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H

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A reduction, over repeated presentations, in the respondent behavior elicited by a stimulus. Cf. ADAPTATION, POTENTIATION.
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See LEARNED HELPLESSNESS.
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A heterogeneous chain requires different responses for each link of the schedule. Dog trainers make use of heterogeneous chains when they teach complex behavioral sequences to their animals. In going for a walk, a seeing-eye dog stops at intersections, moves forward when the traffic is clear, pauses at a curb, avoids potholes, and finds the way home. Each of these different responses is occasioned by specific stimuli and results in conditioned reinforcement. See also chain schedule.
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a ranking of response classes on the basis of their relative probabilities. A more probable class is said to be higher in the response hierarchy.
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A class that includes within it other classes that can themselves function as operant classes, as when generalized imitation includes all the component imitations that could be separately reinforced. Higher-order classes may be a source of novel behavior (e.g., as in the generalized indication of behavior that the imitator had not seen before). They also have the property that contingencies may operate differently on the higher-order class than on the classes that are its components. For example, if all instances are reinforced except imitations within one component class (e.g., jumping whenever the model jumps), that class may change with the higher order class rather than with the contingencies arranged for it (i.e., imitations of jumping may not extinguish, even though no longer reinforced)- Control by the contingencies arranged for the higher-order class rather than for component classes defines these classes; the component classes are sometimes said to be insensitive to the contingencies arranged for them. A higher-order class is sometimes called a generalized class, in that contingencies arranged for some component classes within it generalize to all the others. Generalized matching and rule governed behavior are examples of higher order classes.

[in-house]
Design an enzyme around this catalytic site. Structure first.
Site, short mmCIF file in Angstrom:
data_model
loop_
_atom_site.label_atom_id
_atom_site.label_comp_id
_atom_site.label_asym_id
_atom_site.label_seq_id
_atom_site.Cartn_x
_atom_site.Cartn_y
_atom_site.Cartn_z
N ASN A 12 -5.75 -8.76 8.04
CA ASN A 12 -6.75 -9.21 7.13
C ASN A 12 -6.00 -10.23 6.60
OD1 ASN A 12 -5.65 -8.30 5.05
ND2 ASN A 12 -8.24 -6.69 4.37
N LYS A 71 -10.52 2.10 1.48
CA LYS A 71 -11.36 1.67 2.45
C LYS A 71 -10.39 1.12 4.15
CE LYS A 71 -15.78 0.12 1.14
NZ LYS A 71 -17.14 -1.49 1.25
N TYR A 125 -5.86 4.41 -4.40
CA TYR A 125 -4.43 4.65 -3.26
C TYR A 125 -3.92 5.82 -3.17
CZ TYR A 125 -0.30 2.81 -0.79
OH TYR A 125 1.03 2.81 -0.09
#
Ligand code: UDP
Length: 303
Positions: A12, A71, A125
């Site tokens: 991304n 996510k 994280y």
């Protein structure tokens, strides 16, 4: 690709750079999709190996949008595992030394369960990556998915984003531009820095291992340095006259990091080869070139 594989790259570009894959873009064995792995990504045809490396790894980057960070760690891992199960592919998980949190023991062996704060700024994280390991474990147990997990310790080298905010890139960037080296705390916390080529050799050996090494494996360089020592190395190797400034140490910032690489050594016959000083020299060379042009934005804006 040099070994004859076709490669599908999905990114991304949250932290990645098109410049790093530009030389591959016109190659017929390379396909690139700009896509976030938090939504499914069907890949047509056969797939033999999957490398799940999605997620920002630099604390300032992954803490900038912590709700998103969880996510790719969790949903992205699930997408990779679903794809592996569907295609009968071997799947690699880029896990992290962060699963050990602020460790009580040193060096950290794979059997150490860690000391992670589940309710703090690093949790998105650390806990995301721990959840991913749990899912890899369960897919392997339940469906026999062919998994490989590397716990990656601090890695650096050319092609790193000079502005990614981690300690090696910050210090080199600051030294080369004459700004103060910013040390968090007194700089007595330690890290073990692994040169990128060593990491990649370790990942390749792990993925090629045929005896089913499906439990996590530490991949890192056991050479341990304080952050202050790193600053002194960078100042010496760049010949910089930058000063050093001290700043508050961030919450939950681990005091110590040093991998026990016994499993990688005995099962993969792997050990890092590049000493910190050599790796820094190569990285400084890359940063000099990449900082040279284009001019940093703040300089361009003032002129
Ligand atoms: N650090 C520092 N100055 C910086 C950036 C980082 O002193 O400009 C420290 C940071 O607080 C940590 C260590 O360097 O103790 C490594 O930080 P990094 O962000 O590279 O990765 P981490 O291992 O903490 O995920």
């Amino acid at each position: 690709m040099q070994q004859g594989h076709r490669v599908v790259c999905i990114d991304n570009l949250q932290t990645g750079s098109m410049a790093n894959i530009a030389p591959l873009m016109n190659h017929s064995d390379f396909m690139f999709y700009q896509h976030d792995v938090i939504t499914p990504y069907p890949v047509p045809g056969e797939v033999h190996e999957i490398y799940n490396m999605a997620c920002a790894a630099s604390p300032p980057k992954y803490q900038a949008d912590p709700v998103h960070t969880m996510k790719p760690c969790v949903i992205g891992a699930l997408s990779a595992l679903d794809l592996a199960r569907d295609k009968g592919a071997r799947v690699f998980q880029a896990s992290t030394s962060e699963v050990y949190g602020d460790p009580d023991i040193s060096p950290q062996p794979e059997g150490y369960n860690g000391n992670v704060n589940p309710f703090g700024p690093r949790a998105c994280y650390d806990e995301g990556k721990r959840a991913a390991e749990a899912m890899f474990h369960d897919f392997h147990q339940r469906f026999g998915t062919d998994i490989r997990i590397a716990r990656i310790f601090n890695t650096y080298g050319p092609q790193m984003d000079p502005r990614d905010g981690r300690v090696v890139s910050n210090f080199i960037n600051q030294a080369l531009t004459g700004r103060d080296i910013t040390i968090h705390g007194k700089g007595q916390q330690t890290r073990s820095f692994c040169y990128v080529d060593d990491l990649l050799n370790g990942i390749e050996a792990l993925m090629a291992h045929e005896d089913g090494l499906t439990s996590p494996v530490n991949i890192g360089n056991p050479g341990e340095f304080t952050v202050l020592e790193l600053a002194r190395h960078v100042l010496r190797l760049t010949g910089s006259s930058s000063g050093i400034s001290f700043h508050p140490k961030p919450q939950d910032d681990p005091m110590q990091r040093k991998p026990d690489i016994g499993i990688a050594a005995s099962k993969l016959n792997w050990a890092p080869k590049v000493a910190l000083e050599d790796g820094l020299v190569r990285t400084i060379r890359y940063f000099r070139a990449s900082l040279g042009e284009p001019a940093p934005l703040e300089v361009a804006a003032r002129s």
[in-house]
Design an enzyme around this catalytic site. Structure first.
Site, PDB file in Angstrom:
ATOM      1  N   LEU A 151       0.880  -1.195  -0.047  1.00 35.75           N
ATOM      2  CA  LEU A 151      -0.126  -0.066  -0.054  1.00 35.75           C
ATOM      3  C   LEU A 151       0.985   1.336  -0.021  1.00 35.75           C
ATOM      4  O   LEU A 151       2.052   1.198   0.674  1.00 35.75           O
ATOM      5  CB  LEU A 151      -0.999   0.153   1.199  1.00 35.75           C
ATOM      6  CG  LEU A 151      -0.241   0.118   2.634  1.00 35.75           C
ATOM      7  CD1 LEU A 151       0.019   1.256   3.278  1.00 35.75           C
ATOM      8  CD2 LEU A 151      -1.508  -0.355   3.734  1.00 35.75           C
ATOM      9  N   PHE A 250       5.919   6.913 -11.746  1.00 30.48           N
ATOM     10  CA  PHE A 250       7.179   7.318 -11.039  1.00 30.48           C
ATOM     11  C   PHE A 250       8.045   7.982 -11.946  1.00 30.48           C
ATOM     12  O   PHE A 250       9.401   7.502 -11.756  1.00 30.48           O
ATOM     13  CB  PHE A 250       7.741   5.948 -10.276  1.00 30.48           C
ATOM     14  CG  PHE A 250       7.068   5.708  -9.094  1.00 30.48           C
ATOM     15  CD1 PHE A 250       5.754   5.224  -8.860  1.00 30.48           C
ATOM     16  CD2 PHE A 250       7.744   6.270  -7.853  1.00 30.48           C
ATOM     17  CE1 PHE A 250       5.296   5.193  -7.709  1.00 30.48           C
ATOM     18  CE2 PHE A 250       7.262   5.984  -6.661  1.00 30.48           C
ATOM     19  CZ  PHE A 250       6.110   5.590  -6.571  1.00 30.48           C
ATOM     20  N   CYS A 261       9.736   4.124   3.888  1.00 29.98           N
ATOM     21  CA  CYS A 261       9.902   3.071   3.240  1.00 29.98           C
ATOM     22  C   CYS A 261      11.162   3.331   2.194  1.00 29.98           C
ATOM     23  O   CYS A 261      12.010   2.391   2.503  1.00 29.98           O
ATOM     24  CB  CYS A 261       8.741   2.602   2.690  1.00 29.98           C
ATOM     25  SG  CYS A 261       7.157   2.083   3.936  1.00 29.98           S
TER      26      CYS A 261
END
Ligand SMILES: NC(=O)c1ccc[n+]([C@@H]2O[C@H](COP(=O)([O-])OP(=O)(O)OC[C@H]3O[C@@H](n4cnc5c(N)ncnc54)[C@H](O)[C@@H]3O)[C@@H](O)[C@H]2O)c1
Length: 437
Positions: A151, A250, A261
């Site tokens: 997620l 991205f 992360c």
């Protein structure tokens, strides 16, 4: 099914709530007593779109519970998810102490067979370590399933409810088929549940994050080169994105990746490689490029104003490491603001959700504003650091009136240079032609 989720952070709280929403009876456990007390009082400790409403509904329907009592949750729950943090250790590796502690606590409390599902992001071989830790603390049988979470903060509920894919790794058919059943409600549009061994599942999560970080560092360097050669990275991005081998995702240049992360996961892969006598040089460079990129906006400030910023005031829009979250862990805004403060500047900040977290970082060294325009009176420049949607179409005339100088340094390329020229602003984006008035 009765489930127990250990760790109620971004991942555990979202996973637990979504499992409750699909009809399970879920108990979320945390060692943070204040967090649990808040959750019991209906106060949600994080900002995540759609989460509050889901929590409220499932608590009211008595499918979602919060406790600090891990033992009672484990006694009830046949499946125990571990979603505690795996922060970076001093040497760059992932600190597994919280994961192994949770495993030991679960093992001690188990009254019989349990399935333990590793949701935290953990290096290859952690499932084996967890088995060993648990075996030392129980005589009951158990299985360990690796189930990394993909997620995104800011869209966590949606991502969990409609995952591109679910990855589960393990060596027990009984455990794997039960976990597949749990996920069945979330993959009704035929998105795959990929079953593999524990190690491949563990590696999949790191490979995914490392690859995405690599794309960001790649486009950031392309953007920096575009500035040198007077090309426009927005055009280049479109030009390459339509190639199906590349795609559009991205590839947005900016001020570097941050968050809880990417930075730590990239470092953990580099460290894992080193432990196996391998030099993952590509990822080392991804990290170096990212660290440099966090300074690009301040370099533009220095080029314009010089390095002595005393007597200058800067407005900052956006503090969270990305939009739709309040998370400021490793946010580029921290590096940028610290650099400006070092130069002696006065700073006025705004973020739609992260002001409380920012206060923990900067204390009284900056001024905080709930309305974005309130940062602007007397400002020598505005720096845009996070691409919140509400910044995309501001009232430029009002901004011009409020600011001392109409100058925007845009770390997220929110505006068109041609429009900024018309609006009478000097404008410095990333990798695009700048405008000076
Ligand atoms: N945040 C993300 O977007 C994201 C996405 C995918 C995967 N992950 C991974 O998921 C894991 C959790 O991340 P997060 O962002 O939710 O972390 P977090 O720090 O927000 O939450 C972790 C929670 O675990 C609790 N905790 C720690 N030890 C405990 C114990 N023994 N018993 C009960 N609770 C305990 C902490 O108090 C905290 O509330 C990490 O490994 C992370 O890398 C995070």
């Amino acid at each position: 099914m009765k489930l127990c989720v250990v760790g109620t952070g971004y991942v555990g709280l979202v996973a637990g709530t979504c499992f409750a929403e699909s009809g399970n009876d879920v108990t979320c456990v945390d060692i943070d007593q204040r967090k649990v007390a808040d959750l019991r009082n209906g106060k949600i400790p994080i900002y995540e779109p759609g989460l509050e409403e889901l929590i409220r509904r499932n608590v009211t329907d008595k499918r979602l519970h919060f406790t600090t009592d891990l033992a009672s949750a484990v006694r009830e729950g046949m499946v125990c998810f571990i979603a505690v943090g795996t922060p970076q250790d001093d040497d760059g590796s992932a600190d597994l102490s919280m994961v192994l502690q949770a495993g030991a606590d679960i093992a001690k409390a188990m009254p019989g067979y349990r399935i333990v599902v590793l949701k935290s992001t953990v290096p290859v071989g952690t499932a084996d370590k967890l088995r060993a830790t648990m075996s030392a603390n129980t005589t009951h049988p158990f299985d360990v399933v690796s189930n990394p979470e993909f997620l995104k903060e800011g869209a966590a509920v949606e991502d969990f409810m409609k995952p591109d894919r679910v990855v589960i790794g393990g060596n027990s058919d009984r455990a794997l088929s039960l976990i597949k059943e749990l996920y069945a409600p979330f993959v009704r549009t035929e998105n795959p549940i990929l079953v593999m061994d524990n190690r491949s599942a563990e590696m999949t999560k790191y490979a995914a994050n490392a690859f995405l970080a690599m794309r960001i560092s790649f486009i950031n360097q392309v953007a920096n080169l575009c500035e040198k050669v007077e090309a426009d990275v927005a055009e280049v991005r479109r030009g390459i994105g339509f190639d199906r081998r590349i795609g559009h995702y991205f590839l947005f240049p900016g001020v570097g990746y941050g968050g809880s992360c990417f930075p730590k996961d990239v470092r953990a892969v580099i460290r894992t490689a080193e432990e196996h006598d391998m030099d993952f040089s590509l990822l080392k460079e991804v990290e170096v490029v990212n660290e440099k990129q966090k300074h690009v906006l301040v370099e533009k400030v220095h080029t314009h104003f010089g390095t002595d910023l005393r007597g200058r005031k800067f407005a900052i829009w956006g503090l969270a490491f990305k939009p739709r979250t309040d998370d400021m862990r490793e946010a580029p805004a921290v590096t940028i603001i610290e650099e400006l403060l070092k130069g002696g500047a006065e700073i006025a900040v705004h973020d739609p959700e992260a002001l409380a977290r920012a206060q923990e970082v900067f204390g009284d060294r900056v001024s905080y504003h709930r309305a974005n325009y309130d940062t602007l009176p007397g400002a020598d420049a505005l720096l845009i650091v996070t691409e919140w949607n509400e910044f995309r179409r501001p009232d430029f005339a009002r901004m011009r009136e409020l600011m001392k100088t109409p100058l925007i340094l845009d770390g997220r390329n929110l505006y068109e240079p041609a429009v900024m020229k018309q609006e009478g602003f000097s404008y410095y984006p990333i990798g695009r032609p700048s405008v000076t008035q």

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Respondent conditioning in which the stimulus that functions as the US in producing one conditioned reflex is itself the CS of another.
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Establishing a conditioned stimulus by pairing a neutral stimulus with an already established conditioned stimulus.
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A graphic display in which each value is represented by a bar or column (usually vertical) whose height indicates the value. Also called a bar graph.
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VI schedules used intervals selected in irregular order from a set of intervals, often described by a mathematical progression (e.g., arithmetic, geometric). Current practice favors schedules with a constant reinforcement probability over time within the interval (with probability measured by reinforcers per opportunity, i.e., probability that a response will be reinforced at a given time in an interval, given that the organism has reached that time). Such conditions are met by a type of VI schedule called random interval (RI), which arranges a setup (makes the next response eligible to produce a reinforcer) with a fixed probability every t seconds. In RI schedules, the average interval equals t divided by the probability (e.g., arranging a setup once per second with a probability of 0.02 produces RI 50-s). In one version, the schedule stops operating after a setup until the scheduled reinforcer is produced, so that low response rates make the obtained reinforcement rate lower than what had been scheduled; in another, the schedule continues to operate and successive setups accumulate, so that obtained and scheduled reinforcement rates remain about equal even with low response rates.
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One kind of threat to internal validity is called history. History refers to conditions that are changed at the same time as the manipulation of the independent variable. See also internal validity.

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